Native to Mexico, Central America, and South America, Goncalo Alves grows prolifically in tropical rainforests throughout the region. A wildly-colored hardwood, it’s also known as Tigerwood because of its stunning appearance, commonly characterized by orange and black streaks.
A quintessential hardwood, Goncalo Alves is super dense – with a Janka hardness of 2,170 pounds-force – adding to its exotic list of Teak-like qualities. However, Goncalo Alves is harvested responsibly from managed forests, making it a truly renewable, protected resource that gives it a significant advantage over Teak — at a fraction of the cost.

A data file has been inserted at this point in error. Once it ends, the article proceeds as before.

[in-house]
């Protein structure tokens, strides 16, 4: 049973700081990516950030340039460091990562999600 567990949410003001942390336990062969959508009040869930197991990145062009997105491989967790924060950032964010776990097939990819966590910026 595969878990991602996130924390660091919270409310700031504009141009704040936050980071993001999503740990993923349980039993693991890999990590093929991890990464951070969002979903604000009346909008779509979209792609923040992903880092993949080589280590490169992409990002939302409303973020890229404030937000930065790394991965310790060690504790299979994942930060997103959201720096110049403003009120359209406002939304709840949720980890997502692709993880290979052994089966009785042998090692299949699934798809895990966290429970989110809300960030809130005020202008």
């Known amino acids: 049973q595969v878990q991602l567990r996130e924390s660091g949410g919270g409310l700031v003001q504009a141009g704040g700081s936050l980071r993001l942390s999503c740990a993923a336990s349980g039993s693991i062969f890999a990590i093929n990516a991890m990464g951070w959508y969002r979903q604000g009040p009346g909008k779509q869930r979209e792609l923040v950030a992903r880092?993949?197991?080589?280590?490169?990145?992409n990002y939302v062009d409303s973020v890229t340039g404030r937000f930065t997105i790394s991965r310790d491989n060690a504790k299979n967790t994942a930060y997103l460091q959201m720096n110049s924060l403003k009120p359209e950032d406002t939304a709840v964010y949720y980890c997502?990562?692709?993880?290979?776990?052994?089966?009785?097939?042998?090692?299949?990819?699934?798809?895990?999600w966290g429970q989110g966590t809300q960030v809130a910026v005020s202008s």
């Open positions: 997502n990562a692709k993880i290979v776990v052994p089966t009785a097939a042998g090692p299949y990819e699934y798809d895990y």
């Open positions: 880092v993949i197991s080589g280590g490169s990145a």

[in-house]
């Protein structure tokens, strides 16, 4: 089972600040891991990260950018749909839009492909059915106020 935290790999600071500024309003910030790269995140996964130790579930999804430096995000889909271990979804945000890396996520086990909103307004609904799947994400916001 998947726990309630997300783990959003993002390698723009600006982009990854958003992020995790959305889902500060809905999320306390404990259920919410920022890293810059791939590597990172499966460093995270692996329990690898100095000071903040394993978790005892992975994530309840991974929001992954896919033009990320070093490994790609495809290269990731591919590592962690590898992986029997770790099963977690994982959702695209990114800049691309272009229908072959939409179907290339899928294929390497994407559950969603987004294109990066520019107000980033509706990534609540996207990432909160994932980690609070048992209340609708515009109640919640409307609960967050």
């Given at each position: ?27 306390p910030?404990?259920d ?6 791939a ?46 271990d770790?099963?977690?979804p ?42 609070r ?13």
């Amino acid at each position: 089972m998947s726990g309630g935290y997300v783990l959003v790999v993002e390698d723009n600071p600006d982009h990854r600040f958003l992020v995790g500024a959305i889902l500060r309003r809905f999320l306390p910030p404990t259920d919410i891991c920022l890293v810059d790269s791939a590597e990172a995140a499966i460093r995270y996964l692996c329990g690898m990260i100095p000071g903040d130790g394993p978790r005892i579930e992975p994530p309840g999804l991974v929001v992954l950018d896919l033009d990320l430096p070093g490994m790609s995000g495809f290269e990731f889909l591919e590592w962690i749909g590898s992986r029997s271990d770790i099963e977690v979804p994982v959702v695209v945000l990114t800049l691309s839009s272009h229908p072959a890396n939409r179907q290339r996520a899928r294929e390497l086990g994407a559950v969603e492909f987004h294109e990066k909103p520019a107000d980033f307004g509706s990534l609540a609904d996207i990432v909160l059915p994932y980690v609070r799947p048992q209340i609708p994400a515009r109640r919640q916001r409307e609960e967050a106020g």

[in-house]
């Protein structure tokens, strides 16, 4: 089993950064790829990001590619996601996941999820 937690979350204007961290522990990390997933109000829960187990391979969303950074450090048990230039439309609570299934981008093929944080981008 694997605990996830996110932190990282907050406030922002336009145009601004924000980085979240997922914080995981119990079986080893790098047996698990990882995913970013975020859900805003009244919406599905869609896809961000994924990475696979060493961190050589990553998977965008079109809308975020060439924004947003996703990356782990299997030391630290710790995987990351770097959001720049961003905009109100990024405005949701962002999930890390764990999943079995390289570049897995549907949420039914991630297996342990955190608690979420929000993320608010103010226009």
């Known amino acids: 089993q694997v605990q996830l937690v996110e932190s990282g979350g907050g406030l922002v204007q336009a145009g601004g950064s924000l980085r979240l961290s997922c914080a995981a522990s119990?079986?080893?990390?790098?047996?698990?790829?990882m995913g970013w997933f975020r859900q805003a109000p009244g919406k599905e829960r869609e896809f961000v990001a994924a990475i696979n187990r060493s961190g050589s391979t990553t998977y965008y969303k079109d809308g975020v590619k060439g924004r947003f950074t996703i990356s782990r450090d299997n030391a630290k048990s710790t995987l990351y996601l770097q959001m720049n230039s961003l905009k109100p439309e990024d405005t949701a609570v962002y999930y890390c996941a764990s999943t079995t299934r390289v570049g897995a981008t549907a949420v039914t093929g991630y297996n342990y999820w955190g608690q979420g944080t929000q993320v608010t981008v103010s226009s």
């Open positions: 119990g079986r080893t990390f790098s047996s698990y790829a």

Typically, the heartwood of Goncalo Alves is a medium reddish brown with irregularly spaced streaks of dark brown to black coloring. The grain is straight, but usually somewhat wavy or interlocked, like Tiger stripes. It has a fine, uniform texture with good, natural luster.
While the name “Tigerwood” is often applied to many species from tropical hardwood forests, Goncalo Alves is a truly pristine version. Leading to its popular use in high-end furniture, cabinetry, veneer, architectural plywood, flooring, decking, boat building, carving, and decorative woodwork. It’s also a species of choice for small wooden specialty items like pool cues, archery bows, and knife handles.
Common / Alternative Names:
Bois de Zebre
CITES Appendices: Not listed
IUCN Red List of Threatened Species: Not listed